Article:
Cars 2: The Video Game hands-on

Disney Pixar will be unleashing Cars 2: The Video Game in the summer to tie in the with the film sequel's release at the cinema and we were invited along to Disney HQ for a sneak preview.

Movie spin-off games have a tendency to be a bit disappointing, but making a driving game from the Cars series is a no-brainer and works extremely well.

The game will be available on Xbox 360, Wii and DS and what's more - there'll be a 3D version that's exclusive to the PS3. The game has a multiplayer option so it's ideal for families to pit their driving skills against each other (let's face it, otherwise the kids would never actually get a turn with dads having the tendency to hog the controller). Up to four players can join in at the same time.

Set after the events of the film, the Cars 2 game features an international training centre where the cars are schooled to become world-class spies. Known as CHROME (Command Headquarters for the Recon Operations and Motorized Espionage), the training facility has a variety of different clearance levels that you need to pass through to become a master spy. You can choose to play as old favourties like Lightning McQueen and Mater or as one of the brand new characters from the upcoming film like Finn McMissile and Holley Shiftwell.

There's plenty of variety - you can either just use the traditional campaign mode for straightforward racing, or choose various other modes including 'battle race', which incorporates spy gadgets like missiles and machine guns that you can use on the other characters while you're racing. As you move through different levels, you earn spy points which can be used to unlock new levels as well as new tracks and cars.

There are also two spy mission modes that take place on the tracks - the first is 'attack mode' which involves chasing and attacking enemy cars until the time runs out. This is a great way of getting used to all the different gadgets and what they do. Second, there's the 'survival mode' that teaches you how to navigate the tracks. The aim is to follow the route of the pace car, while picking up the batteries that it drops. These boost your forcefield so that you can survive for longer.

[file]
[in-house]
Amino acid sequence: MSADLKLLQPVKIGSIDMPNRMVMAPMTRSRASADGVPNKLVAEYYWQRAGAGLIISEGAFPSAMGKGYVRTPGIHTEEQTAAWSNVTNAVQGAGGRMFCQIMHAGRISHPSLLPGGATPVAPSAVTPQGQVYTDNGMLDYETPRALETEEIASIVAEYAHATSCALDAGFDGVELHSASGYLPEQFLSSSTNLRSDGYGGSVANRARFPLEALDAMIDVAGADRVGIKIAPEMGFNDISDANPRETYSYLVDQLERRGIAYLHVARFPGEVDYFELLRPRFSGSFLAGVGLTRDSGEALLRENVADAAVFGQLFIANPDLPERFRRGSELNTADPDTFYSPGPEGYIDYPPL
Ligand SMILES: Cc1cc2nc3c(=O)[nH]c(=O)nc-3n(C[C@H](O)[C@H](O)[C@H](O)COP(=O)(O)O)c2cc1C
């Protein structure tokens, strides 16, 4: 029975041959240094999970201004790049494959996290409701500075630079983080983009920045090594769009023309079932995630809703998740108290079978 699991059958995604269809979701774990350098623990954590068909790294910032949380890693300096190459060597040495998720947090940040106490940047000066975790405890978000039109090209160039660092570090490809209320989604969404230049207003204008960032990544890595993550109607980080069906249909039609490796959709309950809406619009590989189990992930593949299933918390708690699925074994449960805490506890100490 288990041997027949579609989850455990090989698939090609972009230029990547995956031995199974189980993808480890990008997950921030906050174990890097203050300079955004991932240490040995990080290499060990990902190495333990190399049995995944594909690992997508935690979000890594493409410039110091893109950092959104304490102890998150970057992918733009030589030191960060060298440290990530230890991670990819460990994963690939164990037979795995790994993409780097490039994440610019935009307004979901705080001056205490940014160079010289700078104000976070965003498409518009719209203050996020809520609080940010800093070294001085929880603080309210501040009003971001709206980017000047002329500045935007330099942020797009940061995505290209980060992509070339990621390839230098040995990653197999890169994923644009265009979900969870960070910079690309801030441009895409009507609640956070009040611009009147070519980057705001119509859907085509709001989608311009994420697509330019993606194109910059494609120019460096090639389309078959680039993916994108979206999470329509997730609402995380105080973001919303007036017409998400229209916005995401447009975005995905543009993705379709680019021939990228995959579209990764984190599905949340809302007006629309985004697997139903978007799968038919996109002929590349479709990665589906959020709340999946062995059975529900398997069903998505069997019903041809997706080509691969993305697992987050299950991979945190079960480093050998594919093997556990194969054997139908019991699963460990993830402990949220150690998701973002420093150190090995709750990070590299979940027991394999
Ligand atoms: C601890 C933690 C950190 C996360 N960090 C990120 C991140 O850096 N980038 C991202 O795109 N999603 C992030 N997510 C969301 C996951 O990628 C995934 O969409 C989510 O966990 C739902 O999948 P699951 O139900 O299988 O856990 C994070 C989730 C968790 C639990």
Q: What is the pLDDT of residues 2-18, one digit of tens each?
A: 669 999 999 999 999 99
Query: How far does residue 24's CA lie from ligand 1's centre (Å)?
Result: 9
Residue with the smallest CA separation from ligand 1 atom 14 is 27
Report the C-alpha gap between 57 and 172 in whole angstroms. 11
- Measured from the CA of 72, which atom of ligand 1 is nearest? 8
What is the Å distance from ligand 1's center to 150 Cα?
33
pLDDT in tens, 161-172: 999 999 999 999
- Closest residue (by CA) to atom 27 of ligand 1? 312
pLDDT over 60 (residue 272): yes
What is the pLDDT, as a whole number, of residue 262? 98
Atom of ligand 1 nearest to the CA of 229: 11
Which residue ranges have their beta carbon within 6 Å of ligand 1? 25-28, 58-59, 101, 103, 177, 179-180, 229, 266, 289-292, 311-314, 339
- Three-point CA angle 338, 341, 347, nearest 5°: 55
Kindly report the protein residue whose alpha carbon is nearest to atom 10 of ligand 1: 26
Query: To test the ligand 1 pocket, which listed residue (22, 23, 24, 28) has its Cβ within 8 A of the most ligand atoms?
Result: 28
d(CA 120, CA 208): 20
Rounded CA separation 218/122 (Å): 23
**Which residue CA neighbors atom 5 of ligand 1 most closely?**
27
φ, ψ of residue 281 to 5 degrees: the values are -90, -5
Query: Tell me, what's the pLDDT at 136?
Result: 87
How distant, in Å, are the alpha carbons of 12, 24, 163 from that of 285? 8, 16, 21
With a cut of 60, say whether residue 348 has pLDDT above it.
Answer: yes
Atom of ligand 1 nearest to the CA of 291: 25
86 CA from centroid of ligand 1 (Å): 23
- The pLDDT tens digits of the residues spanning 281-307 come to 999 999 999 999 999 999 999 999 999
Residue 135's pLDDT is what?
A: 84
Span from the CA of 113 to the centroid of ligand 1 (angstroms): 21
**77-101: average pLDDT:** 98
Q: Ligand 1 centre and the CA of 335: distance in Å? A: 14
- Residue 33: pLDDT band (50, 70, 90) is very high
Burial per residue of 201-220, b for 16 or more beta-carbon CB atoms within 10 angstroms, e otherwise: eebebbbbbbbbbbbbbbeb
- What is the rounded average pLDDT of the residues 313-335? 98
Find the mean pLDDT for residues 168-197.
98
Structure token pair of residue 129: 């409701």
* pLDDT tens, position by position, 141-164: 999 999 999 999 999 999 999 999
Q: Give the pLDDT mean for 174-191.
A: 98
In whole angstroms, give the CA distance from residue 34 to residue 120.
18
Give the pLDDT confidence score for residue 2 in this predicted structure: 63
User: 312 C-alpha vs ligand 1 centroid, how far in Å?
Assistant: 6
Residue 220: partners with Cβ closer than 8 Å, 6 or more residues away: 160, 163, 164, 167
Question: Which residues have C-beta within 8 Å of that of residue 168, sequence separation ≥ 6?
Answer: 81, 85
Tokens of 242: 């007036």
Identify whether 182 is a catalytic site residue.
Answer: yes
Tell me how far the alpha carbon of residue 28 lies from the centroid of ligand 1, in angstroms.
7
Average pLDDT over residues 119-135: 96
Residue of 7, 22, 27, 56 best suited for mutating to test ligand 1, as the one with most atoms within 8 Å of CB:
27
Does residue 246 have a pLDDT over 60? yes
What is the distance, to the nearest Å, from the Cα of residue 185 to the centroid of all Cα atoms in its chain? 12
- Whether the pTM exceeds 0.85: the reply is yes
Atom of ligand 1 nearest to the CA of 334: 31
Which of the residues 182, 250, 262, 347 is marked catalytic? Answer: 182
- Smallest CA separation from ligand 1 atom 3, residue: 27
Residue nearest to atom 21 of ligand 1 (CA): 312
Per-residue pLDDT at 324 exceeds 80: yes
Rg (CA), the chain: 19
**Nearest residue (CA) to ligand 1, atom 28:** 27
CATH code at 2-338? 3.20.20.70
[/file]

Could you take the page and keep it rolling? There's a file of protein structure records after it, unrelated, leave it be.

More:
There are also three modes that are set in arenas, rather than on tracks - 'arena' which is a head-to-head battle mode, 'disruptor', which is a 'capture the flag' style game and 'hunter' where you try to take out as many enemy cars as possible. There's also an option to create your own race, customising options such as the track, the number of laps and the type of spy gadgets available.

We were given a run-through of the game by its senior producer, Jon Warner, who told us that: "We worked really closely with Pixar on the animation and the script so that it would live up to the experience of the films, and add an extra dimension when it comes to gameplay and flexibility."

The first thing we noticed when we stepped up to try our hand at the Xbox version was how cool the graphics were. You can choose from a number of cartoonish racetracks that are set in cities around the world. We opted for the London track, which saw Lightning McQueen zooming along the banks of the Thames (and into it, by mistake). The visuals look great, so fans of the film are unlikely to be disappointed.

As you'd expect, the right-hand trigger button is used for acceleration while the left-hand stick is used for steering. Other controls include Jump (A), Turbo (X), Shoot gadget (Y), Drift (B). What's more, the right-hand stick offers some nifty extras - for example, you can use it to bash other cars out of the way or to do somersaults when you're in the air. It's all pretty easy to pick up so that it's easy enough for the nippers to learn, while also giving the adults a decent game to play as well.

If you're used to racing games and you want more challenges, as well as something that's kid-friendly, then Cars 2 has plenty to offer.

Cars 2: The Video game will launch in June 2011 in the US and July in Europe, at the same time that the film is released in cinemas.